4. Presumably Arlene's will now petition the U.S. Supreme Court to review the decision again, and it's possible that the Court will agree to consider the case. Or the Court might instead want to wait for a case where the free speech issue seems to be more clearly teed up, such as the calligrapher or videographer cases that are likely to be decide soon by state and federal appellate courts. (Calligraphy and videography are more likely to be seen as inherently expressive than cake baking, or than flower arranging, though perhaps flower arranging might be somewhere in the middle.)

My view is that writers, singers, artists, photographers, videographers, printers, and calligraphers should generally have a Free Speech Clause right to refuse to create or perform material they disapprove of, including by refusing to do things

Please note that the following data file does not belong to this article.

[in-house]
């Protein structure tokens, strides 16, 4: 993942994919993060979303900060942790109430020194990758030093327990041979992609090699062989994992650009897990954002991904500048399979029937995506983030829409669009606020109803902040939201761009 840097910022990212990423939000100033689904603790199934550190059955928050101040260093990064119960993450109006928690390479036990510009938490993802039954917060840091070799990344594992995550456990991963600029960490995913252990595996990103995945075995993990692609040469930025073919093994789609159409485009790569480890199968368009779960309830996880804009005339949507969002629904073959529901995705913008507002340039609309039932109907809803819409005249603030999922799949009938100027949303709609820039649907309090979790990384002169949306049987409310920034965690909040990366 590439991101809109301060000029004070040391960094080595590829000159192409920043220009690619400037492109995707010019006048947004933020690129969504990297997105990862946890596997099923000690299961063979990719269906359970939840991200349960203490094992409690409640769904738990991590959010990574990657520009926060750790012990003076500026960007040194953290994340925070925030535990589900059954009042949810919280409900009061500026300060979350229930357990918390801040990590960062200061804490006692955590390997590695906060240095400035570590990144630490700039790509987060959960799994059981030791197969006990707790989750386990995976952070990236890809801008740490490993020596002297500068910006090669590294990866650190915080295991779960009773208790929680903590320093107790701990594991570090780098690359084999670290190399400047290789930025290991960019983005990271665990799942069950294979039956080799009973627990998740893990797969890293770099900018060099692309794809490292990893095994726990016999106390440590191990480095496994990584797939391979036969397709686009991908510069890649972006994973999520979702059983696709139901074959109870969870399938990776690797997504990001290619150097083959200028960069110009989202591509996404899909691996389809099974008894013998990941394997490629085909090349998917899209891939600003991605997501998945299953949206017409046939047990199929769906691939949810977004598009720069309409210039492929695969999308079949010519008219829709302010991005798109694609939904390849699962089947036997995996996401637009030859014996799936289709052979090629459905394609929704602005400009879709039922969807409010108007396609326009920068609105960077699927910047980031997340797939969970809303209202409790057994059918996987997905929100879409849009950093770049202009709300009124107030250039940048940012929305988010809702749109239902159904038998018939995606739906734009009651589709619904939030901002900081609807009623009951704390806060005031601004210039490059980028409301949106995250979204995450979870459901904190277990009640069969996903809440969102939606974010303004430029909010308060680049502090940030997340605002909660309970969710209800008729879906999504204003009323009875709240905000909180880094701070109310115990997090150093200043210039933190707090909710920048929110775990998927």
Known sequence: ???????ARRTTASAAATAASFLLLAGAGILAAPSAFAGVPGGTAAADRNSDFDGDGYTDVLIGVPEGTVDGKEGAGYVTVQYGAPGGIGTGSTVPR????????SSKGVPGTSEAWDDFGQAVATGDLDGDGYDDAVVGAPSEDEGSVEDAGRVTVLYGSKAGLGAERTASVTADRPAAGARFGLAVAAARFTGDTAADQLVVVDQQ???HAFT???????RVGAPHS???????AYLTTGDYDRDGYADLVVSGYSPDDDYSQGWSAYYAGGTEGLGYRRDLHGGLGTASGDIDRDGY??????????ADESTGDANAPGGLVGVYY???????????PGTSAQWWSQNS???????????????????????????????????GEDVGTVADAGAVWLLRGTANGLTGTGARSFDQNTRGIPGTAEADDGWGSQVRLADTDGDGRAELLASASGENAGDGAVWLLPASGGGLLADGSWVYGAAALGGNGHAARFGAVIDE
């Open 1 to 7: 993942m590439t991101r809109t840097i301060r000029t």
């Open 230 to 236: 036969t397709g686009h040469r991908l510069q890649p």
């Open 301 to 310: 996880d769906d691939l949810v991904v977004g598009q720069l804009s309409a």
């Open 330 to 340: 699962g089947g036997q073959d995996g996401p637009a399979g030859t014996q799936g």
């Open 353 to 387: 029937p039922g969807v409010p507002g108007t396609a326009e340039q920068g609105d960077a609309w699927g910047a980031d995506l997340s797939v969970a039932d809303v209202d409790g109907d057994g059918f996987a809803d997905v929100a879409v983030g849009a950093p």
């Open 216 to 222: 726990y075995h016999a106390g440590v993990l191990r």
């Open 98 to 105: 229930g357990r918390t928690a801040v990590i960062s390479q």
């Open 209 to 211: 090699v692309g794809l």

• for same-sex weddings (even if that violates state bans on sexual orientation discrimination),
  • for Scientology events (even if that violates state bans on religious discrimination),
  • for Democratic or Republican events (even if that violates some cities' bans on political affiliation discrimination), and the like.

I don't think that extends to cake bakers (at least so long as they aren't asked to write particular words or include any conventionally understood symbols). I'm not sure about florists. The Washington Supreme Court would, it seems, reject all such claims, and at least the florists'. We may soon see what the U.S. Supreme Court says.

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  1. I don’t think we need the First Amendment to tell us that forcing someone to do something against their will is wrong, no matter their motivation.

    1. I think we should have settled that one with the 13th amendment.

    2. How about forcing restaurateur to serve a black person?
      We force people to do things against their will all the time. Ideally I think we do our best to limit it, but it’s the nature of society. If I want to build an addition to my house I have to file for building permits. If I want to drive my car I have to get car insurance. If I want to sell food, I have to serve black people.